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The New York Times, December 27, 1907

Well-Known Americans Appeal by Cable to Premier Stolypin.

A petition pleading for the liberation of Nicholas Tchaykovsky and Mme. Breshkovskaya, recently arrested for complicity in the Russian revolutionary movement, has been cabled to M. Stolypin, Premier of Russia, by a group of prominent Americans who represent the sentiments of thousands of citizens of New York, Chicago, and Boston.

The list of about 500 names signed to the petition was headed by ex-Mayor Low of New York, Mayor Busse of Chicago, Ill.; Coadjutor Bishop David H. Greer of New York, Samuel L. Clemens (Mark Twain), George Foster Peabody, and ex-Judge Morgan J. O'Brien.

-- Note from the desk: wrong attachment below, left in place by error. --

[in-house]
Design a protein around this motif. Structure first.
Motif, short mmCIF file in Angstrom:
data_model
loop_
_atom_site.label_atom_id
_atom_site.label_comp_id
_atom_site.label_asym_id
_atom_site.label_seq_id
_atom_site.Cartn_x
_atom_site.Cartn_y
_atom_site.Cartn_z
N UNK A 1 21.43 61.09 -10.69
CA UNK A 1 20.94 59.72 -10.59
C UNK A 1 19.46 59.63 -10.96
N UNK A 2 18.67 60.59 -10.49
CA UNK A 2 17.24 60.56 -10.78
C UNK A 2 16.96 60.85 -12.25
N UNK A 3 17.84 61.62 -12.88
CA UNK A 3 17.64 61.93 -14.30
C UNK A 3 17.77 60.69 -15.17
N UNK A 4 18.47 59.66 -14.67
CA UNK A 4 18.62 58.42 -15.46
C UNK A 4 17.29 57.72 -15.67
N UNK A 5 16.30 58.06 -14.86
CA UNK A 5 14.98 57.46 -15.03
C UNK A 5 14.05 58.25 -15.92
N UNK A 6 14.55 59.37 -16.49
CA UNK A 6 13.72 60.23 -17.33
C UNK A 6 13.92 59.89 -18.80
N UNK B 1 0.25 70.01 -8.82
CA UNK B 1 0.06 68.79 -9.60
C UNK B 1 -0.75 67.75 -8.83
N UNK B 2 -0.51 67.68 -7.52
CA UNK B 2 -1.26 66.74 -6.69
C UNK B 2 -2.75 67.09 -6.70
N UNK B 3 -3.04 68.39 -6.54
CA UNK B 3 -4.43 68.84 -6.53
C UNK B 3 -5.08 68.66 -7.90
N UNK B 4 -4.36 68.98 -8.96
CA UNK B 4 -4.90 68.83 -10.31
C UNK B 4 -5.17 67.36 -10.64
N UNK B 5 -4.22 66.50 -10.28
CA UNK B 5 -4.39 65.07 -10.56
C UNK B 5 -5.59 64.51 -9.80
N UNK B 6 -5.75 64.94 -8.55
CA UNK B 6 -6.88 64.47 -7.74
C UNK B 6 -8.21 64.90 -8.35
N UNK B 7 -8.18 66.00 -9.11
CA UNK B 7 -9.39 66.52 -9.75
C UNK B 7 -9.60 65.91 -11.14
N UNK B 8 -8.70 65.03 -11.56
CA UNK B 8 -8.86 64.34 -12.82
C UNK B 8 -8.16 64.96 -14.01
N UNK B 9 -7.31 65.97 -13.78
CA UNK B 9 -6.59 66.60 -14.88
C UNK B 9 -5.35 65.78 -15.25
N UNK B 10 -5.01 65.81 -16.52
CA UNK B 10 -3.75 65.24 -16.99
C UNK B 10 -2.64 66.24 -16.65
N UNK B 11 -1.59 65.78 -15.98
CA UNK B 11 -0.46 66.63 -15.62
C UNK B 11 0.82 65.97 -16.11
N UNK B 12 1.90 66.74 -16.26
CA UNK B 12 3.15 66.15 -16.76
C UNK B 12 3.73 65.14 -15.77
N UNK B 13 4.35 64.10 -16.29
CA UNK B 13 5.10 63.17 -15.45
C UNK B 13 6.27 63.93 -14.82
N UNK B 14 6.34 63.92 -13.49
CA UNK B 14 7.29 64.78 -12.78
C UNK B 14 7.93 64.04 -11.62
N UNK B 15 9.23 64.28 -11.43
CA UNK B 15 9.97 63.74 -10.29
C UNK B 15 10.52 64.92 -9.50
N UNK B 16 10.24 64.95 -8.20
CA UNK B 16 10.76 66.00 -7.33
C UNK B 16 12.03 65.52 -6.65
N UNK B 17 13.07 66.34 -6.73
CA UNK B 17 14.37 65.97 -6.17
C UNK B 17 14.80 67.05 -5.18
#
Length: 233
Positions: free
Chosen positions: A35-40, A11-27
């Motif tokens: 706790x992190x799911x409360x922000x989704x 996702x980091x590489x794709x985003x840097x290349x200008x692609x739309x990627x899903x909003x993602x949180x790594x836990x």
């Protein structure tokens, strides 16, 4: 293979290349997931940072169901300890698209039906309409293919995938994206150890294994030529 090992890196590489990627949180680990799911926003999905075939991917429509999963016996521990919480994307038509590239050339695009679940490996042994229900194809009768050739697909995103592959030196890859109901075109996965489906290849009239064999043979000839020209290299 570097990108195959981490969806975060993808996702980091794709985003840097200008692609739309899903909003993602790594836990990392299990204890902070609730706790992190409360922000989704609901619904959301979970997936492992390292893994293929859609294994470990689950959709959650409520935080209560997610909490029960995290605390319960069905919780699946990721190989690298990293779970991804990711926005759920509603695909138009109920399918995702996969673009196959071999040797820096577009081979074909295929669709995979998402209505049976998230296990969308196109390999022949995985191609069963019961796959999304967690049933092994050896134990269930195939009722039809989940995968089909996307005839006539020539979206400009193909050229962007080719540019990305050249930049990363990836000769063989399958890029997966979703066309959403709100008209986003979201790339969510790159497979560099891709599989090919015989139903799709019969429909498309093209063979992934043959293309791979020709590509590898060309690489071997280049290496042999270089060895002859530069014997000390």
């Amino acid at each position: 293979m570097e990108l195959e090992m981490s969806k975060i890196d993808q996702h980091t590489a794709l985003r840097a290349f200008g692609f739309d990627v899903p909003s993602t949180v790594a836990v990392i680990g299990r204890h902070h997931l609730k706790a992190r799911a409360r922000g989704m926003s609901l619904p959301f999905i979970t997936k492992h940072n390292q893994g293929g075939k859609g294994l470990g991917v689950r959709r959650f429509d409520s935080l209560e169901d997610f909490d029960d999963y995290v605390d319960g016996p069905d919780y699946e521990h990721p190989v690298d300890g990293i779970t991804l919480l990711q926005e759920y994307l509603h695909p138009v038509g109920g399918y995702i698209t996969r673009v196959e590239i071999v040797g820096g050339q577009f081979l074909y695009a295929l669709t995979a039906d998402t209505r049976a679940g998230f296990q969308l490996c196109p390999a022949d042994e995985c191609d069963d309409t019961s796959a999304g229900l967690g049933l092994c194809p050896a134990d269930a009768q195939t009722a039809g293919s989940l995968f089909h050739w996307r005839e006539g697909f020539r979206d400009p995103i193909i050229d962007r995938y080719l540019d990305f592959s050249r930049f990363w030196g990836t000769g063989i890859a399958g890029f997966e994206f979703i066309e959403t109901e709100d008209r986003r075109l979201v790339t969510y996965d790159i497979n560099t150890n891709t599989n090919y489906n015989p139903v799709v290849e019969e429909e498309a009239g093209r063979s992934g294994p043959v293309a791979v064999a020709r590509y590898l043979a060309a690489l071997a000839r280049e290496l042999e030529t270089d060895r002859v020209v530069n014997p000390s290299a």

The cabled message to the Premier was similar to the one forwarded to Baron Rosen, the Russian Ambassador at Washington, last week by a committee consisting of S. G. Barrows, James B. Reynolds, W. B. Howland, and E. F. Baldwin.

In its shortened form it read as follows:

To M. Stolypin, the Premier of Russia:

Many thousands of American citizens, not of Russian blood nor connected with any Russian revolutionary organization, but admirers of Nicholas Tchaykovsky and Mme. Catherine Breshkovskaya, respectfully inform you that the release of the two prisoners would be interpreted by the American people who are warm friends and well wishers for the welfare of Russia, as an act of friendship on the part of the Government of his Imperial Majesty.

Robert Erskine Ely of the City Club, who is an active worker in this movement for the liberation of these well-known Russians, stated last night that this cabled petition represents the widespread sympathy in the United States for Tchaykovsky and Mme. Breshkovskaya, both of who are well known in this country. While living here Tchaykovsky made many warm friends and admirers, and Mms. Breshkovskaya established an enviable reputation by her philanthropic and charitable work and her standing as an educator.

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